“For several weeks now, states have had to operate without clear guidance from the federal government regarding these booster shots,” Maryland Gov. Larry Hogan said.
Federal public health officials are still wrestling with who should get Covid-19 booster shots and when, but that hasn’t stopped some states from moving ahead on their own.
President Joe Biden’s plan to roll out boosters for most Americans by Sept. 20 has sparked fierce debate about whether he’s getting ahead of the available scientific evidence and divided regulators and their outside advisers. And while the Food and Drug Administration is expected to authorize Pfizer and BioNTech’s booster shot in the coming days, it is not clear which groups would be able to get it. The agency’s independent vaccine advisory panel on Friday rejected a plan to offer the shot to people 16 and older in favor of a narrower proposal to provide shots to people over 65 and those at high risk of severe disease.
In the meantime, Maryland Gov. Larry Hogan, a Republican, earlier this month issued executive orders authorizing booster doses for anyone 65 and older living in congregate settings like nursing homes and drug treatment centers. “For several weeks now, states have had to operate without clear guidance from the federal government regarding these booster shots,” Hogan said in announcing the decision, calling the Biden administration’s messaging “confusing and contradictory.”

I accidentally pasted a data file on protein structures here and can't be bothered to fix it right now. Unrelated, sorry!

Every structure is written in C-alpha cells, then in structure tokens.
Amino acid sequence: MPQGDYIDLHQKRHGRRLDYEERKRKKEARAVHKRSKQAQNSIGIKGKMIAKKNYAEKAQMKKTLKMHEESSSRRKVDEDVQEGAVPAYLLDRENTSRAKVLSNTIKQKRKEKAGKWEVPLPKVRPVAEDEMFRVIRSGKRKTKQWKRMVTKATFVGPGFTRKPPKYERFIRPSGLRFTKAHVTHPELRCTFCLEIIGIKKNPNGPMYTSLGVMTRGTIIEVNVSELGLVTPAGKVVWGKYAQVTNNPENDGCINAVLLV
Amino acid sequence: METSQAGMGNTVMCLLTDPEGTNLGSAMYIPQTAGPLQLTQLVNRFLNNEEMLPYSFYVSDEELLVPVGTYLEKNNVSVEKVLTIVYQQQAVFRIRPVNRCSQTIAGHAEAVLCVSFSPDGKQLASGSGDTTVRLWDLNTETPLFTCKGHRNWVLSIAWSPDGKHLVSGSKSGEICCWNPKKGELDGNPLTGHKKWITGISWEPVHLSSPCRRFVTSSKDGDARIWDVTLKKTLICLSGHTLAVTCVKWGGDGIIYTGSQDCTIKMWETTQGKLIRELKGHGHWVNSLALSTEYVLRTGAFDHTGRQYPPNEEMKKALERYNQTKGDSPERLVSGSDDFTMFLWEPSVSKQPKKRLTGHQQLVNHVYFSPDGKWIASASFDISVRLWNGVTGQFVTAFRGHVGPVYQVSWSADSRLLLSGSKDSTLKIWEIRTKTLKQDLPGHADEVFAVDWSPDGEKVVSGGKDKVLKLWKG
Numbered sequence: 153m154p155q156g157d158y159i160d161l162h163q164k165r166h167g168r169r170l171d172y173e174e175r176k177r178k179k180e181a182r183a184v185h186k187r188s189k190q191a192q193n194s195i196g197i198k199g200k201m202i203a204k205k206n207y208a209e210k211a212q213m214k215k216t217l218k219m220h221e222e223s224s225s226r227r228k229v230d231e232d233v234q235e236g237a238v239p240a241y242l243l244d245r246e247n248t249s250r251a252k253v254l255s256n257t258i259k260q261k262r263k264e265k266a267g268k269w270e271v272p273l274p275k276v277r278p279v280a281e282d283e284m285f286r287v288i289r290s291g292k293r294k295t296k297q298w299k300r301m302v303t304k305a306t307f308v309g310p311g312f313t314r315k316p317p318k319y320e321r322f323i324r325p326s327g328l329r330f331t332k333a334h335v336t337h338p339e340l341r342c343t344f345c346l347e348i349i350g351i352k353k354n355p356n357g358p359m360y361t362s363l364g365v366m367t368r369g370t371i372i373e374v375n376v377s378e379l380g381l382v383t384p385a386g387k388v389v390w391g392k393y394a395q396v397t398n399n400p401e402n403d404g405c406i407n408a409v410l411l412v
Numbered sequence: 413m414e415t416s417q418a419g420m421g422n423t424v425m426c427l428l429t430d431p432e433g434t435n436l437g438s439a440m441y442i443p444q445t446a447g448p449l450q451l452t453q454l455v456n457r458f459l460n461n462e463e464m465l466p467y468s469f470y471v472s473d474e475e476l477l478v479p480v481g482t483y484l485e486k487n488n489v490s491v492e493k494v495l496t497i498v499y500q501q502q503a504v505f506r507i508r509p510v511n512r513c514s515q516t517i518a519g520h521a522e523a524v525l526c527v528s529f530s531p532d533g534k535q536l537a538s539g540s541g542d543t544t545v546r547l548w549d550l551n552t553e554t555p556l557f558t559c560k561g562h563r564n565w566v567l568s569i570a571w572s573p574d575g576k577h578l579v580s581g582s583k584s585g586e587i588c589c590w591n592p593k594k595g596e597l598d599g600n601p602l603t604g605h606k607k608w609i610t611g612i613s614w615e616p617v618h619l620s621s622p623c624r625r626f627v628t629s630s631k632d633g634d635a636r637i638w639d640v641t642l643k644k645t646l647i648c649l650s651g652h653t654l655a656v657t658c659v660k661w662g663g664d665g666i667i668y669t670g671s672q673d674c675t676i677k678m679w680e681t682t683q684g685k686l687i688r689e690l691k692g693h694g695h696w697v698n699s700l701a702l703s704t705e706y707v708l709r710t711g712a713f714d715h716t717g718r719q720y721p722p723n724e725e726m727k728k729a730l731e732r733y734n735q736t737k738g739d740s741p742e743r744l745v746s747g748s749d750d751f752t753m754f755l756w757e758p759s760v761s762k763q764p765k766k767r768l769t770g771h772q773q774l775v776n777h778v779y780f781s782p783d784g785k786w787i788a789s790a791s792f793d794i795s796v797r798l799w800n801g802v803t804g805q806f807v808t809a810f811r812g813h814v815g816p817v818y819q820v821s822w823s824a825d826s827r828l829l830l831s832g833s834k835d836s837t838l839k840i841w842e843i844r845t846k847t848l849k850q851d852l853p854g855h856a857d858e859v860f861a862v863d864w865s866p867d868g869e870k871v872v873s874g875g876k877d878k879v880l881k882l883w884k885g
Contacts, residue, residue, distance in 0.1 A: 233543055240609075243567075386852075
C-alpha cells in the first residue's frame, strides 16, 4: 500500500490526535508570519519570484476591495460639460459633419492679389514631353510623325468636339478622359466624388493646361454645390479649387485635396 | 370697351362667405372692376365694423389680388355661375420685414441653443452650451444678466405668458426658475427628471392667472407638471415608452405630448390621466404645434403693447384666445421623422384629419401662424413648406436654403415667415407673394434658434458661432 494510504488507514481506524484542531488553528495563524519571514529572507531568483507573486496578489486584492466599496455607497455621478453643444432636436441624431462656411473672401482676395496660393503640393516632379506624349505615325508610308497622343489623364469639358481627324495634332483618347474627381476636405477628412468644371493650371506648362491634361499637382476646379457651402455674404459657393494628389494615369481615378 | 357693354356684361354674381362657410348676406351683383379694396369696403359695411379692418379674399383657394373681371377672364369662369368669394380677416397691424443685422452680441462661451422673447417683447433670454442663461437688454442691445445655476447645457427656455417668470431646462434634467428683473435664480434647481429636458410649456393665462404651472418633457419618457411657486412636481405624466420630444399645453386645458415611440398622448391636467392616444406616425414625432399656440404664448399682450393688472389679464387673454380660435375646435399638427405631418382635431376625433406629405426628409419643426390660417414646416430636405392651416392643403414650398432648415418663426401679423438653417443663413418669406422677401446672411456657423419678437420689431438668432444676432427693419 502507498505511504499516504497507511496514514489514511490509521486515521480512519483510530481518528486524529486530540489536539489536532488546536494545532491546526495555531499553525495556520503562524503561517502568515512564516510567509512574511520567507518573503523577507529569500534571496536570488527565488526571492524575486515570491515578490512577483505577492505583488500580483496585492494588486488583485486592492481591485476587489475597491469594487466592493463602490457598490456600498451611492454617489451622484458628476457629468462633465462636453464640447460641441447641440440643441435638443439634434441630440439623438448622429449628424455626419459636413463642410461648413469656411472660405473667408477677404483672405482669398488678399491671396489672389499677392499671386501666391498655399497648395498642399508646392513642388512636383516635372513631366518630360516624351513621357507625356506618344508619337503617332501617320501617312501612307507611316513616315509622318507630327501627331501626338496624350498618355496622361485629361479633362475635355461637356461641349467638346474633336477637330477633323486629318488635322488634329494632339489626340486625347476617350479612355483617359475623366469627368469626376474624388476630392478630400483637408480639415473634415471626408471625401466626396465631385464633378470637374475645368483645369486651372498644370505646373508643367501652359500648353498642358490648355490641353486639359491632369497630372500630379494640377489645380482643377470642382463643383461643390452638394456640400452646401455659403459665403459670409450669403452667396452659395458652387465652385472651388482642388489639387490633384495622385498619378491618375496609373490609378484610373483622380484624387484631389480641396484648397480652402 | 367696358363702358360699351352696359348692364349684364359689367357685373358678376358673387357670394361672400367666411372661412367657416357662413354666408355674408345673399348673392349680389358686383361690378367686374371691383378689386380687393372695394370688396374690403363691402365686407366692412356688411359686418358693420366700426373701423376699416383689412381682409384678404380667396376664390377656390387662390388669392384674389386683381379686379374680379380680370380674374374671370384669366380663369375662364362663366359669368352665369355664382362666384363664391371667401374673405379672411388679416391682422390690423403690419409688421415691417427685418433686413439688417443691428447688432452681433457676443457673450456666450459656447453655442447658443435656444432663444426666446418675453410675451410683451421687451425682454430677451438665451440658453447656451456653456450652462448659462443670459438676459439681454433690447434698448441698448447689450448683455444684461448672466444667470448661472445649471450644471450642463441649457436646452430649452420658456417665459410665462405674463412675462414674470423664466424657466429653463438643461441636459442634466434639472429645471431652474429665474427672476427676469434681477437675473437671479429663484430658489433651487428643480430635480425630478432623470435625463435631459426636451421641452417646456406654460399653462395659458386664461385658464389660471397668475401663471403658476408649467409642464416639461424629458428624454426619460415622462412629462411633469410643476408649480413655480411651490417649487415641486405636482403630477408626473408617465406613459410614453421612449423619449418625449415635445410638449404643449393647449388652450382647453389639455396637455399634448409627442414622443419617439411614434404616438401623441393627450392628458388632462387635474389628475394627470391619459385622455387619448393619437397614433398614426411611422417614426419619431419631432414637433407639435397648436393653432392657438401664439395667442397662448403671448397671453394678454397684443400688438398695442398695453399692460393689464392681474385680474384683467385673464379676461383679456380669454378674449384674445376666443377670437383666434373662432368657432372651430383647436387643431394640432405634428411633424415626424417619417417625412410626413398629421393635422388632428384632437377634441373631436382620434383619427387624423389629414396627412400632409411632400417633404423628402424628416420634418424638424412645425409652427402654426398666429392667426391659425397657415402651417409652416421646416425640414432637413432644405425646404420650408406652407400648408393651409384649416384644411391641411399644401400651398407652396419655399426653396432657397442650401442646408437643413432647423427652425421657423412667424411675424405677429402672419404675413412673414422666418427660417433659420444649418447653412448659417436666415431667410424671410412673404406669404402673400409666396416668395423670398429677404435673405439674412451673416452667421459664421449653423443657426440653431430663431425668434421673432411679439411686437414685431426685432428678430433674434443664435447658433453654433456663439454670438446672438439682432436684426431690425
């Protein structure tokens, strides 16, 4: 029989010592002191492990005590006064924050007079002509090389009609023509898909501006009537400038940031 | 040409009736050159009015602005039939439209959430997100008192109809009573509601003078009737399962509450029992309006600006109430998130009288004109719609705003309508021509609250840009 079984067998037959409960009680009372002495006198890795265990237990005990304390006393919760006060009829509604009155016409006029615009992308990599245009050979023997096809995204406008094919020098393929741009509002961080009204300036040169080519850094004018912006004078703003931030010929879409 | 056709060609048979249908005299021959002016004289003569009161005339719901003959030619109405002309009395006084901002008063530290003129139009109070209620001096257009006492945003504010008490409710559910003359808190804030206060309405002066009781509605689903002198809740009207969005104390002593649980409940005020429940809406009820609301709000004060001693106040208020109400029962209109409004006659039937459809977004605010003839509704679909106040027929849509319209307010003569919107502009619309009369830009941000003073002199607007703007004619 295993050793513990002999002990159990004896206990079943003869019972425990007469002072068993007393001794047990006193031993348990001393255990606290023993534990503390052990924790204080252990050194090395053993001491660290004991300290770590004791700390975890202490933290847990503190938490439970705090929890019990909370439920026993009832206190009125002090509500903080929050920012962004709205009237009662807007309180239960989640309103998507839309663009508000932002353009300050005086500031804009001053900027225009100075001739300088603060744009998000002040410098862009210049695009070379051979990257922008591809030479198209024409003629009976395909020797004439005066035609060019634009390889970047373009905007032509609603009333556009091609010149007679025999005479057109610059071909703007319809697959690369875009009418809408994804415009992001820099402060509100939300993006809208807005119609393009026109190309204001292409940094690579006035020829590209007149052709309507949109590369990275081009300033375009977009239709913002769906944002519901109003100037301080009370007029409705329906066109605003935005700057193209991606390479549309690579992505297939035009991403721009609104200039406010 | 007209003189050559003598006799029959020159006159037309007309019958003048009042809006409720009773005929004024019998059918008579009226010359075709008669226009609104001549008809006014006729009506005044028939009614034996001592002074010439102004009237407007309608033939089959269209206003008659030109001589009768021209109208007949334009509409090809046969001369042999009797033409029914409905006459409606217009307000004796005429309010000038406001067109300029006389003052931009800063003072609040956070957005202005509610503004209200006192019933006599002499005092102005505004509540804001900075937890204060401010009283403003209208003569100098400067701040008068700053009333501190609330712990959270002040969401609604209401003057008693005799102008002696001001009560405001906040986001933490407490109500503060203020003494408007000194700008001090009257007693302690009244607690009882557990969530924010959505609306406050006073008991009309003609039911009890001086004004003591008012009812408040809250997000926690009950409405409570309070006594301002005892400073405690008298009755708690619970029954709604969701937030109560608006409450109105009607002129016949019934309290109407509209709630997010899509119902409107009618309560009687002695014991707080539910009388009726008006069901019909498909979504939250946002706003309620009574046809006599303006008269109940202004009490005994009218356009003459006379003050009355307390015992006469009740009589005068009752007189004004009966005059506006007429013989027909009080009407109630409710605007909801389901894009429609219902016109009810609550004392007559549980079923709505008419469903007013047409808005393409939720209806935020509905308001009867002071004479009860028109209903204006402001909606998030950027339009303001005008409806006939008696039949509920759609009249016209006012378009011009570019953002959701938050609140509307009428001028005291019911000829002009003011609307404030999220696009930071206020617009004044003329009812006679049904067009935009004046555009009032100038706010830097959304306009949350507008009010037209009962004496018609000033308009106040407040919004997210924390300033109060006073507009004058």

And on Monday, Colorado’s Democratic governor, Jared Polis, urged his state’s elderly residents to seek out third vaccine doses. “If you are 70, 80, if you have some weakened immune system, go ahead and get that booster today,” he said at a press conference, emphasizing that those who want the additional dose don’t need a doctor’s note.
The combination of aggressive state action and health experts’ pushback against Biden’s plan has amplified confusion about who needs boosters now, as the highly contagious Delta variant rips across the country. Some doctors are already recommending or administering boosters to patients outside of the small group of severely immunocompromised people who already qualify for the shots.
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